It’s beginning to feel like the plants are taking over. Meatless burgers at fast food restaurants. What’s next? Plant-based beverages, of course. Tufts does a good job of explaining how it is not a totally one-for-one substitution.
Enjoy plant-based beverages; but be aware most are not equivalent to milk.
The market for plant-based alternatives to dairy products continues to grow, as lactose intolerance, dairy allergy, veganism, environmental concerns, and other factors lead Americans to look for alternatives to dairy. So where do these beverages fit into a healthy dietary pattern?
How They are Made: To understand the nutrient profiles of plant-based beverages, one first needs to know how they are made. The raw materials (nuts, grains, legumes, or seeds) are soaked in water and ground (or ground and then soaked). The resulting slurry is strained to remove solids, and then any flavorings, sweeteners, and desired nutrients can be added. Thickening agents (such as locust bean gum, carrageenan, or xanthan gum), and stabilizers to keep the mixtures from separating, are often required. The products undergo heat treatment that kills any microorganisms, and they are packaged for market.
This process results in a beverage with a nutrient profile significantly different from the original plant food. Continue reading
One of the most helpful facts I ever learned about sugars and reading ingredients notices is that there are four grams of sugar in a teaspoon. So, when you read 20 grams of sugar, you can visualize five teaspoons full.
When I was a reporter on the Chicago Mercantile Exchange, one of the markets I covered was the Shell Egg Futures market. In that capacity I spoke with egg industry people regularly and found myself eating eggs regularly. Being posted on the exchange floor, it was often handy for me to bring a couple of hard boiled eggs to have for lunch as I couldn’t really leave the Exchange during trading hours. I confess to being a big fan of the incredible edible egg.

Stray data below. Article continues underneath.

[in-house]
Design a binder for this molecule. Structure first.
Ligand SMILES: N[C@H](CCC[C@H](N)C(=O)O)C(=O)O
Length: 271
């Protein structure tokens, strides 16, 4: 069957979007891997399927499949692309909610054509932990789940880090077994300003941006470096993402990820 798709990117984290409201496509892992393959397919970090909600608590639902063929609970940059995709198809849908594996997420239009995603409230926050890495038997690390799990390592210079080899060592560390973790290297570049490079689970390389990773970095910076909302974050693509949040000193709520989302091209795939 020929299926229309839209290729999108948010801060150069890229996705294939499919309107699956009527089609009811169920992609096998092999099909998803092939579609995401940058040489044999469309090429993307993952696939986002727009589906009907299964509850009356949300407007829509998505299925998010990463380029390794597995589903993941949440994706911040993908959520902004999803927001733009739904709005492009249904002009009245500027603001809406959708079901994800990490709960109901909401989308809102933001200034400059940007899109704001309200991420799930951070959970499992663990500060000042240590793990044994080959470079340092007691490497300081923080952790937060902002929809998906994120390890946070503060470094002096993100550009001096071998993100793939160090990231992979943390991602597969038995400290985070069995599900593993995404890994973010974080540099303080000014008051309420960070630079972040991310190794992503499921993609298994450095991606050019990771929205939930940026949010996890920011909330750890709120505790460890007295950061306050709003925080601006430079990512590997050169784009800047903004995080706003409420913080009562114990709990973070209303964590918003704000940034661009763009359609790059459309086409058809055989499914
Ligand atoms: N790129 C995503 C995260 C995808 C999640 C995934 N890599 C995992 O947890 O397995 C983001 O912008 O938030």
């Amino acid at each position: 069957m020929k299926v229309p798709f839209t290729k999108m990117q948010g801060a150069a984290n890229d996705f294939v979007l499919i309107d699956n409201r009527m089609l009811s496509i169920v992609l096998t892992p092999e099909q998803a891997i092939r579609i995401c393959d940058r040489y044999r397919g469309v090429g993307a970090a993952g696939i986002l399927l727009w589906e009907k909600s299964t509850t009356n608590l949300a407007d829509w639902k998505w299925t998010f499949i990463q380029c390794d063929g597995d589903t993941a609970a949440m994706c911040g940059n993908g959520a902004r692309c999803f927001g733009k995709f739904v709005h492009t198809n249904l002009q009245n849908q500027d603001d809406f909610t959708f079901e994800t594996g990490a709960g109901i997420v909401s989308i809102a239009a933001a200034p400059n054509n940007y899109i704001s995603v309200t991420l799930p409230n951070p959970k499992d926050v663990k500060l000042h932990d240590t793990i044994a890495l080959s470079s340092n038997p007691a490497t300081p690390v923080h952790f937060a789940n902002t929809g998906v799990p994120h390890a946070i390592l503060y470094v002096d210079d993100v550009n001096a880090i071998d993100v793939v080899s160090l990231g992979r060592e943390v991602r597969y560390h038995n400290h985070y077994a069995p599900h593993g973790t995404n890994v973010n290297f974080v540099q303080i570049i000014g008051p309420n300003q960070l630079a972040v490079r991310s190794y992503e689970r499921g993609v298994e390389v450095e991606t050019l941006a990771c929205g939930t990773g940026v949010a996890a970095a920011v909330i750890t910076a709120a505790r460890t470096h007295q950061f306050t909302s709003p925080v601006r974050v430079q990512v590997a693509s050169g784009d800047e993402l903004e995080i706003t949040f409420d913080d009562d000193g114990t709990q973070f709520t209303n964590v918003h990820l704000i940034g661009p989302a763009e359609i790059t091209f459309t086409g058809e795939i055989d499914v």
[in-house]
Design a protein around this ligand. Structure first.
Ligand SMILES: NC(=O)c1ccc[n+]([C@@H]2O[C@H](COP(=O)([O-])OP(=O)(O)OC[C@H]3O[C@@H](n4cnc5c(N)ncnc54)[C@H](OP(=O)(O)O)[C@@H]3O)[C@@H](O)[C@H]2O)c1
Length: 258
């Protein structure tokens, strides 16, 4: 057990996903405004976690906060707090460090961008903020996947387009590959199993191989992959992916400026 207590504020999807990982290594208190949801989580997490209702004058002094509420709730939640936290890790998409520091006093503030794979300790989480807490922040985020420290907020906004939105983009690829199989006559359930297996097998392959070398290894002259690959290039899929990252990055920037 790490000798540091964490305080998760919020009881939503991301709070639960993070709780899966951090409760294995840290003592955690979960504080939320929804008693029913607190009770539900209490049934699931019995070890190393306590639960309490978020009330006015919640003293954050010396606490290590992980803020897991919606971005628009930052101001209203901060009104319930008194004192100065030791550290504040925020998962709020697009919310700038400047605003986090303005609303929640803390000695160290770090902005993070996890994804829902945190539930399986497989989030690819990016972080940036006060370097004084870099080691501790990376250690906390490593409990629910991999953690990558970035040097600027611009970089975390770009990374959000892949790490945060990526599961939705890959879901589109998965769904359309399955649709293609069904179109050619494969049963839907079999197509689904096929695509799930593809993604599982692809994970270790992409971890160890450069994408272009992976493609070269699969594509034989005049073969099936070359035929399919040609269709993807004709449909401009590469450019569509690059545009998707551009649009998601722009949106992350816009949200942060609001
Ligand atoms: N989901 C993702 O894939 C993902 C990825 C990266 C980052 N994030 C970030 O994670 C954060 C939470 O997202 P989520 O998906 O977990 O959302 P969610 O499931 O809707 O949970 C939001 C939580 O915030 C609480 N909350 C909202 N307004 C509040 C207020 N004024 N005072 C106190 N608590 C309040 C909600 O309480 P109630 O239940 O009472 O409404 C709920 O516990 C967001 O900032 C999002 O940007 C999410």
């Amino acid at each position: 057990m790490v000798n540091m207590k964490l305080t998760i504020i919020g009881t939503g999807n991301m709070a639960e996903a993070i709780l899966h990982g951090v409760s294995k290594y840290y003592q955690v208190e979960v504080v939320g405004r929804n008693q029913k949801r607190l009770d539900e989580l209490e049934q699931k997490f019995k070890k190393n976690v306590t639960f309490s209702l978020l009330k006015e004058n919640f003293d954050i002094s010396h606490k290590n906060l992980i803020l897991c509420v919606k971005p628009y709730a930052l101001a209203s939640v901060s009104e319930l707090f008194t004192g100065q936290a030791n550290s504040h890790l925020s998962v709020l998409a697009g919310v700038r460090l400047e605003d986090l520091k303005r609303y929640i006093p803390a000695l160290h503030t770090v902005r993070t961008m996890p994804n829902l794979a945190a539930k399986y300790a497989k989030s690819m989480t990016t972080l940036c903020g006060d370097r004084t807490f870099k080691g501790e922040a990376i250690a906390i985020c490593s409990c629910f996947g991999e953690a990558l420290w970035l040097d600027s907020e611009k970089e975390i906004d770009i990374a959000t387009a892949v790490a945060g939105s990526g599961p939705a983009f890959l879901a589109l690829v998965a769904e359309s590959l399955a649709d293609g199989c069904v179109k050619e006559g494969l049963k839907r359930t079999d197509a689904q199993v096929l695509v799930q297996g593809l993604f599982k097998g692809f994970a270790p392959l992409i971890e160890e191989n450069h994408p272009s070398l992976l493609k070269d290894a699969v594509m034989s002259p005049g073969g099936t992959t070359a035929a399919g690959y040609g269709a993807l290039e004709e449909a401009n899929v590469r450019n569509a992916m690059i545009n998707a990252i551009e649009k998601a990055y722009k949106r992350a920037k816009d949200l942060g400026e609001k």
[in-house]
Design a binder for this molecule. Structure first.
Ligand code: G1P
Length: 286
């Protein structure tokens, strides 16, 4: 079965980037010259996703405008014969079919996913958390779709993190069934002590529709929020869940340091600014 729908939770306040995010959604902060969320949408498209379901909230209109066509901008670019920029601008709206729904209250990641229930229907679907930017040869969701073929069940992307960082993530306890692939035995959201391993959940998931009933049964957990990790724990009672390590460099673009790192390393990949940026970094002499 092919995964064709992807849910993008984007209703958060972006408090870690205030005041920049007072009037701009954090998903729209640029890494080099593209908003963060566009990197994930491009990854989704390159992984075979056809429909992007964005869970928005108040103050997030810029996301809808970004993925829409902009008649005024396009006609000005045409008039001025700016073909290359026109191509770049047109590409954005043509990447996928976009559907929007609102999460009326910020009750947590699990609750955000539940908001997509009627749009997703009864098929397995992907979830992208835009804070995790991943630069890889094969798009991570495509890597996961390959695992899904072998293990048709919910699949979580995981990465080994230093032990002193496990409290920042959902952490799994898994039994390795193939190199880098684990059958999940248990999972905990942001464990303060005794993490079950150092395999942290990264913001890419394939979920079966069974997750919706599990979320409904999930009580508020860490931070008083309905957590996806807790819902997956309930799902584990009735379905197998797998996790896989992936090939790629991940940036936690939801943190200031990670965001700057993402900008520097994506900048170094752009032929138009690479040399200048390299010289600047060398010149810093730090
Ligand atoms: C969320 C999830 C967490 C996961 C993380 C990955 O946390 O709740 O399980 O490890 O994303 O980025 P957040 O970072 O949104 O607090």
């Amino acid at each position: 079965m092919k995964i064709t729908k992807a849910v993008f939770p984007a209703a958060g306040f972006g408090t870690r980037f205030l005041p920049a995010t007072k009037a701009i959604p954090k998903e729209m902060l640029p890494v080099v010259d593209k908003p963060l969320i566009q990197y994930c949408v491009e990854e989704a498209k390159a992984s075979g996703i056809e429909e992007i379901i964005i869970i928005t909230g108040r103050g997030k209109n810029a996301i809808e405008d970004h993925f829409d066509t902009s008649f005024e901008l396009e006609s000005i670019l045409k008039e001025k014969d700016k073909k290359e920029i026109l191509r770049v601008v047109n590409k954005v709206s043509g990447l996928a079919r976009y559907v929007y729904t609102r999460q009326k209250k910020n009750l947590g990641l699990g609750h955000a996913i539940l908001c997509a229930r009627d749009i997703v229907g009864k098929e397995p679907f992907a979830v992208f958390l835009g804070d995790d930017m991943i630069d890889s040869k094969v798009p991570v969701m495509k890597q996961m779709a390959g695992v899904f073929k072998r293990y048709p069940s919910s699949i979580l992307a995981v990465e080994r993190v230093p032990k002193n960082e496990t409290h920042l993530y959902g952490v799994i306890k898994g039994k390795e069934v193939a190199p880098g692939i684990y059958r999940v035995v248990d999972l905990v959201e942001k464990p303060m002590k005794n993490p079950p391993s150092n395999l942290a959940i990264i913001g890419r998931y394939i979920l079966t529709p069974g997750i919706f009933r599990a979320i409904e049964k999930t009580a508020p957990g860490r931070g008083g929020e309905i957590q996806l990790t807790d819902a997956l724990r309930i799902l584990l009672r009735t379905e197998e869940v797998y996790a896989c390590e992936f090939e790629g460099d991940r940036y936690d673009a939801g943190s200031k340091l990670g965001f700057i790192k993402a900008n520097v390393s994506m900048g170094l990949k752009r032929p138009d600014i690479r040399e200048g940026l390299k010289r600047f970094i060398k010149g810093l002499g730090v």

Eggs and dairy products are excellent protein sources. Eggs were off the menu for many years for people with elevated cholesterol levels because of their high cholesterol content. However, the latest research has determined that dietary cholesterol (cholesterol from food) doesn’t actually raise blood cholesterol levels for most people, although the saturated fat found in most high-cholesterol foods might. Other research has shown that egg consumption is not significantly associated with a higher risk of coronary artery disease or type 2 diabetes. Continue reading
Among the dietary patterns specifically recommended by the Dietary Guidelines for Americans (DGA) is the Mediterranean-style diet, which has been linked to reduced risks of heart disease and cognitive decline.
A healthy Mediterranean-style diet includes many of the same key ingredients found in MyPlate for Older Adults. The chief difference between a Mediterranean-style diet and other healthy-eating plans is the emphasis on unsaturated fats found in plant foods, especially monounsaturated fat in the form of olive oil. All healthy diets recommend limiting foods high in saturated fat, such as fatty meats and full-fat dairy, minimizing added sugar, and avoiding processed foods.
Eating More Like a Mediterranean
To move your diet in a Mediterranean-style direction, try these suggestions:
1 Eat plenty of vegetables.
Try a simple plate of sliced fresh tomatoes drizzled with olive oil, or eat salads, garlicky greens, fragrant soups and stews, or oven-roasted medleys.
2 Change the way you think about meat.
If you eat meat, have smaller amounts – small strips of sirloin in a vegetable saute, for example – or substitute skinless chicken breast or fish for red meat in a few meals each week. Continue reading